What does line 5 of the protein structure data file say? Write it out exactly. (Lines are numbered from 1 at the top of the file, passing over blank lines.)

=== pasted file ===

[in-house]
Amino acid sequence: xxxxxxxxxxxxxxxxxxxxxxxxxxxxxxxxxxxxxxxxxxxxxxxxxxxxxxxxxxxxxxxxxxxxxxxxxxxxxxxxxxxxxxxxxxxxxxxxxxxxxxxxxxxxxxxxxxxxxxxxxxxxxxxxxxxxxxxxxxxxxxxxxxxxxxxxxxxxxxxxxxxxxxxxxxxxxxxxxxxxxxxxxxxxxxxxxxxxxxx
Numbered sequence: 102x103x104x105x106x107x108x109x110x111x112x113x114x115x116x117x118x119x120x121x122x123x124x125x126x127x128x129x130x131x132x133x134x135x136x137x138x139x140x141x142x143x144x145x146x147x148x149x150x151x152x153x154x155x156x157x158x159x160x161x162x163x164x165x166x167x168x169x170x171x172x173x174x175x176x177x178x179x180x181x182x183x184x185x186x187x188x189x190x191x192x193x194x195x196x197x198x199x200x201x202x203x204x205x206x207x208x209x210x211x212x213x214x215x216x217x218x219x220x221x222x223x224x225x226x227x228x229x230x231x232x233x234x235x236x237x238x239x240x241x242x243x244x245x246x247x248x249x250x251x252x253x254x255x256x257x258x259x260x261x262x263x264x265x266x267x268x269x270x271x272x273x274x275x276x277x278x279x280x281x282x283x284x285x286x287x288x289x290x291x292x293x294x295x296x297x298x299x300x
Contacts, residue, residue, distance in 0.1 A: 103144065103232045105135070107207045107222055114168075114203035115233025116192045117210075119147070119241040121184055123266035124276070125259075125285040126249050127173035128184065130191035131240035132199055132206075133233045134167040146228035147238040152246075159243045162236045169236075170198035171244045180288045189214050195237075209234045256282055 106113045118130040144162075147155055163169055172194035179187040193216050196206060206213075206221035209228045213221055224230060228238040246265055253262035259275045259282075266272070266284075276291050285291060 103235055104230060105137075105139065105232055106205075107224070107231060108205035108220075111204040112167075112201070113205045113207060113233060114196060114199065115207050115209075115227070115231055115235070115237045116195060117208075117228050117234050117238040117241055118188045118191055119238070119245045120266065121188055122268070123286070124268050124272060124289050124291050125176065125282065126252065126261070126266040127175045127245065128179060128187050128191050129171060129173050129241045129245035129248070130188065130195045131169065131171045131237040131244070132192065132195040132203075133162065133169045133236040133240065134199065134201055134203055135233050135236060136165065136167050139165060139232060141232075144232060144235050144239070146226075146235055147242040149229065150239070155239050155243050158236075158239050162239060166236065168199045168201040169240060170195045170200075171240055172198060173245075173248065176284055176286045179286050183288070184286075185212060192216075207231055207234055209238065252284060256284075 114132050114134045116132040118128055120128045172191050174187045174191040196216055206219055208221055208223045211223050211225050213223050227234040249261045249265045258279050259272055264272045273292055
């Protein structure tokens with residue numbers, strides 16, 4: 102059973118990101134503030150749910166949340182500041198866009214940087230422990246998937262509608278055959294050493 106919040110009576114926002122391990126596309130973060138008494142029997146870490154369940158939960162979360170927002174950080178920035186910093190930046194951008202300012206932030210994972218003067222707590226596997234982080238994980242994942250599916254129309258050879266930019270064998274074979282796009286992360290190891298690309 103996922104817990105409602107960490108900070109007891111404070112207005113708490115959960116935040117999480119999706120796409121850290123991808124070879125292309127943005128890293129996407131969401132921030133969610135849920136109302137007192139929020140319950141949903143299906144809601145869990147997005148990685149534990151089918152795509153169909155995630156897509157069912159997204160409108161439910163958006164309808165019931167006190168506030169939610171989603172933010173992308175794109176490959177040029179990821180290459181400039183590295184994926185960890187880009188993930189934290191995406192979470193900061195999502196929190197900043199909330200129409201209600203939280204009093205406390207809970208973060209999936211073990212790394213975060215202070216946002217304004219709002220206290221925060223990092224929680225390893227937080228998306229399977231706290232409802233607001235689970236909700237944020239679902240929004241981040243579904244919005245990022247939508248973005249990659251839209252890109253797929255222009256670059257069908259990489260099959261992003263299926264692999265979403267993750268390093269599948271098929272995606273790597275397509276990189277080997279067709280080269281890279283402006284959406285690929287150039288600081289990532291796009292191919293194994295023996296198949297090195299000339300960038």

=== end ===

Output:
């Protein structure tokens with residue numbers, strides 16, 4: 102059973118990101134503030150749910166949340182500041198866009214940087230422990246998937262509608278055959294050493 106919040110009576114926002122391990126596309130973060138008494142029997146870490154369940158939960162979360170927002174950080178920035186910093190930046194951008202300012206932030210994972218003067222707590226596997234982080238994980242994942250599916254129309258050879266930019270064998274074979282796009286992360290190891298690309 103996922104817990105409602107960490108900070109007891111404070112207005113708490115959960116935040117999480119999706120796409121850290123991808124070879125292309127943005128890293129996407131969401132921030133969610135849920136109302137007192139929020140319950141949903143299906144809601145869990147997005148990685149534990151089918152795509153169909155995630156897509157069912159997204160409108161439910163958006164309808165019931167006190168506030169939610171989603172933010173992308175794109176490959177040029179990821180290459181400039183590295184994926185960890187880009188993930189934290191995406192979470193900061195999502196929190197900043199909330200129409201209600203939280204009093205406390207809970208973060209999936211073990212790394213975060215202070216946002217304004219709002220206290221925060223990092224929680225390893227937080228998306229399977231706290232409802233607001235689970236909700237944020239679902240929004241981040243579904244919005245990022247939508248973005249990659251839209252890109253797929255222009256670059257069908259990489260099959261992003263299926264692999265979403267993750268390093269599948271098929272995606273790597275397509276990189277080997279067709280080269281890279283402006284959406285690929287150039288600081289990532291796009292191919293194994295023996296198949297090195299000339300960038």